"Current FDA-approved drugs treat symptoms, but don't modify the underlying cause of the disease," Dr. Petrella said. "We want to make continued inroads toward the goal of developing and testing drugs that modify the disease process itself."


Story Source:

The above story is based on materials provided by Radiological Society of North America. Note: Materials may be edited for content and length.


Journal Reference:

  1. Jeffrey R. Petrella, M.D. et al. Mapping the Effect of the Apolipoprotein E Genotype on 4-Year Atrophy Rates in an Alzheimer's Disease-related Brain Network. Radiology, January 2014

Cite This Page:

Radiological Society of North America. "Gene variation associated with brain atrophy in mild cognitive impairment." ScienceDaily. ScienceDaily, 14 January 2014. <www.sciencedaily.com/releases/2014/01/140114091943.htm>.
Radiological Society of North America. (2014, January 14). Gene variation associated with brain atrophy in mild cognitive impairment. ScienceDaily. Retrieved July 23, 2014 from www.sciencedaily.com/releases/2014/01/140114091943.htm
Radiological Society of North America. "Gene variation associated with brain atrophy in mild cognitive impairment." ScienceDaily. www.sciencedaily.com/releases/2014/01/140114091943.htm (accessed July 23, 2014).

Share This




More Health & Medicine News

Wednesday, July 23, 2014

Featured Research

from universities, journals, and other organizations


Featured Videos

from AP, Reuters, AFP, and other news services

Idaho Boy Helps Brother With Disabilities Complete Triathlon

Idaho Boy Helps Brother With Disabilities Complete Triathlon

Newsy (July 23, 2014) An 8-year-old boy helped his younger brother, who has a rare genetic condition that's confined him to a wheelchair, finish a triathlon. Video provided by Newsy
Powered by NewsLook.com
Stone Fruit Listeria Scare Causes Sweeping Recall

Stone Fruit Listeria Scare Causes Sweeping Recall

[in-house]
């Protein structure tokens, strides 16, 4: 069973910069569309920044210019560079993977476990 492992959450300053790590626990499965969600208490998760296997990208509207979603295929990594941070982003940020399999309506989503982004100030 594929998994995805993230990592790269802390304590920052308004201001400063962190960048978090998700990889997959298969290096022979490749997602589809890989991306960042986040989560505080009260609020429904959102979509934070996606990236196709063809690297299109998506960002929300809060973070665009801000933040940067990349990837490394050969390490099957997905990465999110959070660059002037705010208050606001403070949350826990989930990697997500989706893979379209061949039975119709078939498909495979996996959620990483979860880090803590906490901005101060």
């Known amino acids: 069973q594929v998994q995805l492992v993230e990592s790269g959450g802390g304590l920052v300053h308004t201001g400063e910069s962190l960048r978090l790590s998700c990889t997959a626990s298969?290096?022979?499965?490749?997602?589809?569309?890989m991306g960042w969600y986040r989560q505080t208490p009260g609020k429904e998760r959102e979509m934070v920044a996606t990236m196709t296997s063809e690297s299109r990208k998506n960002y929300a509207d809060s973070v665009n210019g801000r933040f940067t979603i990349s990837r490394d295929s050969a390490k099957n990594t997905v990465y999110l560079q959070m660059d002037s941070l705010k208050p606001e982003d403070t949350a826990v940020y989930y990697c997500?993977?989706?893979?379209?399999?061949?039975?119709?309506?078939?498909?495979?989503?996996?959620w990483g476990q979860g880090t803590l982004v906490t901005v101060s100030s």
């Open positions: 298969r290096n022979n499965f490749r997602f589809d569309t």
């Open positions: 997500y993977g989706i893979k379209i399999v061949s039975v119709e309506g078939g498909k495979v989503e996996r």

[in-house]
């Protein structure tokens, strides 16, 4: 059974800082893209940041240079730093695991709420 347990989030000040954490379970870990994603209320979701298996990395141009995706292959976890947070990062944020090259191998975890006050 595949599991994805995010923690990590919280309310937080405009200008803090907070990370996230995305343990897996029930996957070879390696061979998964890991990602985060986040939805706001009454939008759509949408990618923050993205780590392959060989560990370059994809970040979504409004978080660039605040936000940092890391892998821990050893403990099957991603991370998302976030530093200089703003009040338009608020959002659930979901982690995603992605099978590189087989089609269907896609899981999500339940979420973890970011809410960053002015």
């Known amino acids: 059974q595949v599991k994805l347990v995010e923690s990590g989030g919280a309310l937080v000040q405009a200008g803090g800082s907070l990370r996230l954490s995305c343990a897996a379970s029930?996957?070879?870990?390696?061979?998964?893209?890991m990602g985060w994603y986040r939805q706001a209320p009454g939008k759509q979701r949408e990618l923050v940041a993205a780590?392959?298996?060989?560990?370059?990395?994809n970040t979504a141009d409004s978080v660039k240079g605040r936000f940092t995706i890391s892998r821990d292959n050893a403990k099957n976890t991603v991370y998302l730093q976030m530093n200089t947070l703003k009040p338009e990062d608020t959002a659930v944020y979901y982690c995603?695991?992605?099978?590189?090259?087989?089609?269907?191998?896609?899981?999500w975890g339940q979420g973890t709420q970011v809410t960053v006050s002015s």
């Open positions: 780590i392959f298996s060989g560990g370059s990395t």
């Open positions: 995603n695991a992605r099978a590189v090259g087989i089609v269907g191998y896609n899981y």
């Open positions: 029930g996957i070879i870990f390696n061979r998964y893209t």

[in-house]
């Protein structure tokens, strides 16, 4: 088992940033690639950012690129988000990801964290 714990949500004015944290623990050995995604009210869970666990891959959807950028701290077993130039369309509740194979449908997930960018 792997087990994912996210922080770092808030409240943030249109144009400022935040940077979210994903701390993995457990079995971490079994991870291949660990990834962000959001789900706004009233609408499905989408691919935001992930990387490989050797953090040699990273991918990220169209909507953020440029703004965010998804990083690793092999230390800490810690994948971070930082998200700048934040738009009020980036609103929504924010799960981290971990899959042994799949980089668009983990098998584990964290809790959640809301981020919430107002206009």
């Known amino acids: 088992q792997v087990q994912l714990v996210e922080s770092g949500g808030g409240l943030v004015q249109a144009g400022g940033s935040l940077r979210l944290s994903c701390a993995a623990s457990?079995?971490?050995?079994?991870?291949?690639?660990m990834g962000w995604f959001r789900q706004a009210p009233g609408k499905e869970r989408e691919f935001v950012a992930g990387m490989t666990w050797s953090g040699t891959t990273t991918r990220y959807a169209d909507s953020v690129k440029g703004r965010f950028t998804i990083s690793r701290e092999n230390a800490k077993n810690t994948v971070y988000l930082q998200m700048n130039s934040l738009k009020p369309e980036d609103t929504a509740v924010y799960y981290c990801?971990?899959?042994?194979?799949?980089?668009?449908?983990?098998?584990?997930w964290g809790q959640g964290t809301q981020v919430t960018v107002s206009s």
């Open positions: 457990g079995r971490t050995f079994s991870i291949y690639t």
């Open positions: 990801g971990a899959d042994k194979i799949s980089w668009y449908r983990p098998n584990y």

Newsy (July 22, 2014) The Wawona Packing Company has issued a voluntary recall on the stone fruit it distributes due to a possible Listeria outbreak. Video provided by Newsy
Powered by NewsLook.com
Huge Schizophrenia Study Finds Dozens Of New Genetic Causes

Huge Schizophrenia Study Finds Dozens Of New Genetic Causes

Newsy (July 22, 2014) The 83 new genetic markers could open dozens of new avenues for schizophrenia treatment research. Video provided by Newsy
Powered by NewsLook.com
CDC Head Concerned About a Post-Antibiotic Era

CDC Head Concerned About a Post-Antibiotic Era

AP (July 22, 2014) Sounding alarms about the growing threat of antibiotic resistance, CDC Director Tom Frieden warned Tuesday if the global community does not confront the problem soon, the world will be living in a devastating post-antibiotic era. (July 22) Video provided by AP
Powered by NewsLook.com

Search ScienceDaily

Number of stories in archives: 140,361

Find with keyword(s):
Enter a keyword or phrase to search ScienceDaily for related topics and research stories.

Save/Print:
Share:

Breaking News:
from the past week

In Other News

... from NewsDaily.com

Science News

Health News

Environment News

Technology News



Save/Print:
Share:

Free Subscriptions


Get the latest science news with ScienceDaily's free email newsletters, updated daily and weekly. Or view hourly updated newsfeeds in your RSS reader:

Get Social & Mobile


Keep up to date with the latest news from ScienceDaily via social networks and mobile apps:

Have Feedback?


Tell us what you think of ScienceDaily -- we welcome both positive and negative comments. Have any problems using the site? Questions?
Mobile: iPhone Android Web
Follow: Facebook Twitter Google+
Subscribe: RSS Feeds Email Newsletters
Latest Headlines Health & Medicine Mind & Brain Space & Time Matter & Energy Computers & Math Plants & Animals Earth & Climate Fossils & Ruins